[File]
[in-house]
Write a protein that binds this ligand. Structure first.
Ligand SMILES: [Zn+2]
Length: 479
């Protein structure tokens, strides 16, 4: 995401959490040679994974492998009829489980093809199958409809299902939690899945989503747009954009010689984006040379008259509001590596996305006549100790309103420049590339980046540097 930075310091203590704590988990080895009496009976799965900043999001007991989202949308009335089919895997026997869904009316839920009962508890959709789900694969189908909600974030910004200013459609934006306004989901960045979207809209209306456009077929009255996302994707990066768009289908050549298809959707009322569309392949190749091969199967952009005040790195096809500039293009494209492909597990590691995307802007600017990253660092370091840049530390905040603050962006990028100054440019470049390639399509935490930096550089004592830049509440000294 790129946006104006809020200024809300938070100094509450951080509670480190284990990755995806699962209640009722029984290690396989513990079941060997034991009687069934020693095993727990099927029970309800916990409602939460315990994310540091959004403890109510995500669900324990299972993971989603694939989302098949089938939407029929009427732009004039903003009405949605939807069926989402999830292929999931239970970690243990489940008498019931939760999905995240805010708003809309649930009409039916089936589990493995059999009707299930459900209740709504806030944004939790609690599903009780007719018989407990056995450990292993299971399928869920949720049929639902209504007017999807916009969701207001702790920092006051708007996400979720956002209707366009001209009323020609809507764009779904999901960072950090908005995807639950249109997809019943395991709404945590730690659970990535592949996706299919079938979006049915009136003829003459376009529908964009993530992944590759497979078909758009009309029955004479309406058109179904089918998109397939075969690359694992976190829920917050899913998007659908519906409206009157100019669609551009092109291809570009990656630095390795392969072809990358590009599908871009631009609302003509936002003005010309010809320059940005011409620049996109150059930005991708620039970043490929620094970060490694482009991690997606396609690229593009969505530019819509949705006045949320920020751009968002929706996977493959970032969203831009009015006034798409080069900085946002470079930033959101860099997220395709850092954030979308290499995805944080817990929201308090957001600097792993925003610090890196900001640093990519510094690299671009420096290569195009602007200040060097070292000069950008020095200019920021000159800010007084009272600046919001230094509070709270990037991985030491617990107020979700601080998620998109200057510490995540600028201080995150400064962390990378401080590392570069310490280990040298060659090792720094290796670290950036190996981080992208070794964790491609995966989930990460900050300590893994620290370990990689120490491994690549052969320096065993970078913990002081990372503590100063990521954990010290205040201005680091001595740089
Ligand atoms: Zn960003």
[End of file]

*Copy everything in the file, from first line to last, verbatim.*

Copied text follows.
[in-house]
Write a protein that binds this ligand. Structure first.
Ligand SMILES: [Zn+2]
Length: 479
């Protein structure tokens, strides 16, 4: 995401959490040679994974492998009829489980093809199958409809299902939690899945989503747009954009010689984006040379008259509001590596996305006549100790309103420049590339980046540097 930075310091203590704590988990080895009496009976799965900043999001007991989202949308009335089919895997026997869904009316839920009962508890959709789900694969189908909600974030910004200013459609934006306004989901960045979207809209209306456009077929009255996302994707990066768009289908050549298809959707009322569309392949190749091969199967952009005040790195096809500039293009494209492909597990590691995307802007600017990253660092370091840049530390905040603050962006990028100054440019470049390639399509935490930096550089004592830049509440000294 790129946006104006809020200024809300938070100094509450951080509670480190284990990755995806699962209640009722029984290690396989513990079941060997034991009687069934020693095993727990099927029970309800916990409602939460315990994310540091959004403890109510995500669900324990299972993971989603694939989302098949089938939407029929009427732009004039903003009405949605939807069926989402999830292929999931239970970690243990489940008498019931939760999905995240805010708003809309649930009409039916089936589990493995059999009707299930459900209740709504806030944004939790609690599903009780007719018989407990056995450990292993299971399928869920949720049929639902209504007017999807916009969701207001702790920092006051708007996400979720956002209707366009001209009323020609809507764009779904999901960072950090908005995807639950249109997809019943395991709404945590730690659970990535592949996706299919079938979006049915009136003829003459376009529908964009993530992944590759497979078909758009009309029955004479309406058109179904089918998109397939075969690359694992976190829920917050899913998007659908519906409206009157100019669609551009092109291809570009990656630095390795392969072809990358590009599908871009631009609302003509936002003005010309010809320059940005011409620049996109150059930005991708620039970043490929620094970060490694482009991690997606396609690229593009969505530019819509949705006045949320920020751009968002929706996977493959970032969203831009009015006034798409080069900085946002470079930033959101860099997220395709850092954030979308290499995805944080817990929201308090957001600097792993925003610090890196900001640093990519510094690299671009420096290569195009602007200040060097070292000069950008020095200019920021000159800010007084009272600046919001230094509070709270990037991985030491617990107020979700601080998620998109200057510490995540600028201080995150400064962390990378401080590392570069310490280990040298060659090792720094290796670290950036190996981080992208070794964790491609995966989930990460900050300590893994620290370990990689120490491994690549052969320096065993970078913990002081990372503590100063990521954990010290205040201005680091001595740089
Ligand atoms: Zn960003």